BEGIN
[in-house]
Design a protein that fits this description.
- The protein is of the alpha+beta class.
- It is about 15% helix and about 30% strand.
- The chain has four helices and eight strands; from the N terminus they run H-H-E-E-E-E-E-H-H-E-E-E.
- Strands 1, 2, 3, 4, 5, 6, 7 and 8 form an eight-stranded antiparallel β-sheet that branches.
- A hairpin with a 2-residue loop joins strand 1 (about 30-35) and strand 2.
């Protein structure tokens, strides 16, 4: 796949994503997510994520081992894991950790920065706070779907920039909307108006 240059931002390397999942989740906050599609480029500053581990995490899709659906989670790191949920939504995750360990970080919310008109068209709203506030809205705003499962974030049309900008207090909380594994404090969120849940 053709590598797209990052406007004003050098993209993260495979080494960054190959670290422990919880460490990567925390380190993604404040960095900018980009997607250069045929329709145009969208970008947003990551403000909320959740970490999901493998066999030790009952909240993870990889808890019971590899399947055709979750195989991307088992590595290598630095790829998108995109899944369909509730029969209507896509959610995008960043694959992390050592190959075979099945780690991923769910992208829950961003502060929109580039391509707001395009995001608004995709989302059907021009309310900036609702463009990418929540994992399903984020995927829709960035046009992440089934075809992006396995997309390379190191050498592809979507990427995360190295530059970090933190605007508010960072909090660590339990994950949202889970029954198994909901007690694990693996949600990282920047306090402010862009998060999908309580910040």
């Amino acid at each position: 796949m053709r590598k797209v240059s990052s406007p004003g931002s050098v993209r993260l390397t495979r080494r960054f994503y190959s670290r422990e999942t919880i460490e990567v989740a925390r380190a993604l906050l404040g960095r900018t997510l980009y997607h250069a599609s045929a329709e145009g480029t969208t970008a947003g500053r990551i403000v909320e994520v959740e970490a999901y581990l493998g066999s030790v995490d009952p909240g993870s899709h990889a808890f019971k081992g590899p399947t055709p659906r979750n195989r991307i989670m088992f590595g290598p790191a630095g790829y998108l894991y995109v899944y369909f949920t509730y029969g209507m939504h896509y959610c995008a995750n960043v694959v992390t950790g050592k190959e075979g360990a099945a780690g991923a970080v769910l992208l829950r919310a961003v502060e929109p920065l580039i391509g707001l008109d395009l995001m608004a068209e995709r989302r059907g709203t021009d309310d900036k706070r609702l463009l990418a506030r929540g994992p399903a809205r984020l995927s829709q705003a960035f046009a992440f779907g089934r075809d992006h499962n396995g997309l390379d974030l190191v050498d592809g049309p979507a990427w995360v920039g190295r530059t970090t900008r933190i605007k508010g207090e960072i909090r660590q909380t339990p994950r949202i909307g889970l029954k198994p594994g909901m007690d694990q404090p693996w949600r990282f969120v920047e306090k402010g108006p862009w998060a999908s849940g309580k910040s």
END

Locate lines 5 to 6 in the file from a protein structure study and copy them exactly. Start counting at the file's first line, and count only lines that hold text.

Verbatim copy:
- The chain has four helices and eight strands; from the N terminus they run H-H-E-E-E-E-E-H-H-E-E-E.
- Strands 1, 2, 3, 4, 5, 6, 7 and 8 form an eight-stranded antiparallel β-sheet that branches.